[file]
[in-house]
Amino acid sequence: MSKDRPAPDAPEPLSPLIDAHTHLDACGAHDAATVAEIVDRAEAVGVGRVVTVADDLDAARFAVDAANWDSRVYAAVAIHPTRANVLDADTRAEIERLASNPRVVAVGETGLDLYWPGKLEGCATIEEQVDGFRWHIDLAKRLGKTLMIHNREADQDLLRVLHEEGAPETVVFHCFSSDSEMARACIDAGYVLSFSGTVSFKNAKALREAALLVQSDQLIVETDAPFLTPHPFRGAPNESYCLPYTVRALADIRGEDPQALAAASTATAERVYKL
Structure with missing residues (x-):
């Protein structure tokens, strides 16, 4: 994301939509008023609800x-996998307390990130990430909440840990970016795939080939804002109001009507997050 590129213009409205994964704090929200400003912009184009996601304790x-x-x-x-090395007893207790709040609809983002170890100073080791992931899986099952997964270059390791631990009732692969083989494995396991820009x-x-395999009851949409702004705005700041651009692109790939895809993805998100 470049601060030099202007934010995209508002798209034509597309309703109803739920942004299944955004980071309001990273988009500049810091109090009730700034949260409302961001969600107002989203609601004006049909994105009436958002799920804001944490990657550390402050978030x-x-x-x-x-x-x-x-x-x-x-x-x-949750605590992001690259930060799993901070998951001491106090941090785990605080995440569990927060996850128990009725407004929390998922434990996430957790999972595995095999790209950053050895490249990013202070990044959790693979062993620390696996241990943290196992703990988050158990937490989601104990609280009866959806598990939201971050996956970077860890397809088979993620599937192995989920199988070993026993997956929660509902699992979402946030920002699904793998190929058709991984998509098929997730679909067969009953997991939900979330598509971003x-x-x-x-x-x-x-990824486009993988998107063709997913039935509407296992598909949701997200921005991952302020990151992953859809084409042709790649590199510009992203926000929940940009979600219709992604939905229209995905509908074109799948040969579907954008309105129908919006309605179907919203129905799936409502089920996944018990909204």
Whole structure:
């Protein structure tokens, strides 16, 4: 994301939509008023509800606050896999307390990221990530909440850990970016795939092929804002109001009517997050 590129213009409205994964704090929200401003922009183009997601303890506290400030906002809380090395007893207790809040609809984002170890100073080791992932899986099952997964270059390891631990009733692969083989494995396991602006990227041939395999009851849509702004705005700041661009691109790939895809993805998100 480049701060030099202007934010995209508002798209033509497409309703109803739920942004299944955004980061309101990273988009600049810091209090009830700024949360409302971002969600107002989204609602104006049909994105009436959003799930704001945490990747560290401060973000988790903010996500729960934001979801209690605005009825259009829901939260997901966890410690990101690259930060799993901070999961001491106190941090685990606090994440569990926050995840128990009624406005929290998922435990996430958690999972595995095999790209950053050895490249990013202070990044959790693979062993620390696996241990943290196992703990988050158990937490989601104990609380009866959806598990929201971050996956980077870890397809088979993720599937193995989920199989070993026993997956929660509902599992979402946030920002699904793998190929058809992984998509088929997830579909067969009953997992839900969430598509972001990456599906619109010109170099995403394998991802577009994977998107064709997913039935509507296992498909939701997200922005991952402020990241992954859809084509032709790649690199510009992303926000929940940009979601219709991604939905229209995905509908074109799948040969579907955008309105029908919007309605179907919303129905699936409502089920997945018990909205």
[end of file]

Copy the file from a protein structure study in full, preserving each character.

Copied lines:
[in-house]
Amino acid sequence: MSKDRPAPDAPEPLSPLIDAHTHLDACGAHDAATVAEIVDRAEAVGVGRVVTVADDLDAARFAVDAANWDSRVYAAVAIHPTRANVLDADTRAEIERLASNPRVVAVGETGLDLYWPGKLEGCATIEEQVDGFRWHIDLAKRLGKTLMIHNREADQDLLRVLHEEGAPETVVFHCFSSDSEMARACIDAGYVLSFSGTVSFKNAKALREAALLVQSDQLIVETDAPFLTPHPFRGAPNESYCLPYTVRALADIRGEDPQALAAASTATAERVYKL
Structure with missing residues (x-):
């Protein structure tokens, strides 16, 4: 994301939509008023609800x-996998307390990130990430909440840990970016795939080939804002109001009507997050 590129213009409205994964704090929200400003912009184009996601304790x-x-x-x-090395007893207790709040609809983002170890100073080791992931899986099952997964270059390791631990009732692969083989494995396991820009x-x-395999009851949409702004705005700041651009692109790939895809993805998100 470049601060030099202007934010995209508002798209034509597309309703109803739920942004299944955004980071309001990273988009500049810091109090009730700034949260409302961001969600107002989203609601004006049909994105009436958002799920804001944490990657550390402050978030x-x-x-x-x-x-x-x-x-x-x-x-x-949750605590992001690259930060799993901070998951001491106090941090785990605080995440569990927060996850128990009725407004929390998922434990996430957790999972595995095999790209950053050895490249990013202070990044959790693979062993620390696996241990943290196992703990988050158990937490989601104990609280009866959806598990939201971050996956970077860890397809088979993620599937192995989920199988070993026993997956929660509902699992979402946030920002699904793998190929058709991984998509098929997730679909067969009953997991939900979330598509971003x-x-x-x-x-x-x-990824486009993988998107063709997913039935509407296992598909949701997200921005991952302020990151992953859809084409042709790649590199510009992203926000929940940009979600219709992604939905229209995905509908074109799948040969579907954008309105129908919006309605179907919203129905799936409502089920996944018990909204």
Whole structure:
């Protein structure tokens, strides 16, 4: 994301939509008023509800606050896999307390990221990530909440850990970016795939092929804002109001009517997050 590129213009409205994964704090929200401003922009183009997601303890506290400030906002809380090395007893207790809040609809984002170890100073080791992932899986099952997964270059390891631990009733692969083989494995396991602006990227041939395999009851849509702004705005700041661009691109790939895809993805998100 480049701060030099202007934010995209508002798209033509497409309703109803739920942004299944955004980061309101990273988009600049810091209090009830700024949360409302971002969600107002989204609602104006049909994105009436959003799930704001945490990747560290401060973000988790903010996500729960934001979801209690605005009825259009829901939260997901966890410690990101690259930060799993901070999961001491106190941090685990606090994440569990926050995840128990009624406005929290998922435990996430958690999972595995095999790209950053050895490249990013202070990044959790693979062993620390696996241990943290196992703990988050158990937490989601104990609380009866959806598990929201971050996956980077870890397809088979993720599937193995989920199989070993026993997956929660509902599992979402946030920002699904793998190929058809992984998509088929997830579909067969009953997992839900969430598509972001990456599906619109010109170099995403394998991802577009994977998107064709997913039935509507296992498909939701997200922005991952402020990241992954859809084509032709790649690199510009992303926000929940940009979601219709991604939905229209995905509908074109799948040969579907955008309105029908919007309605179907919303129905699936409502089920997945018990909205």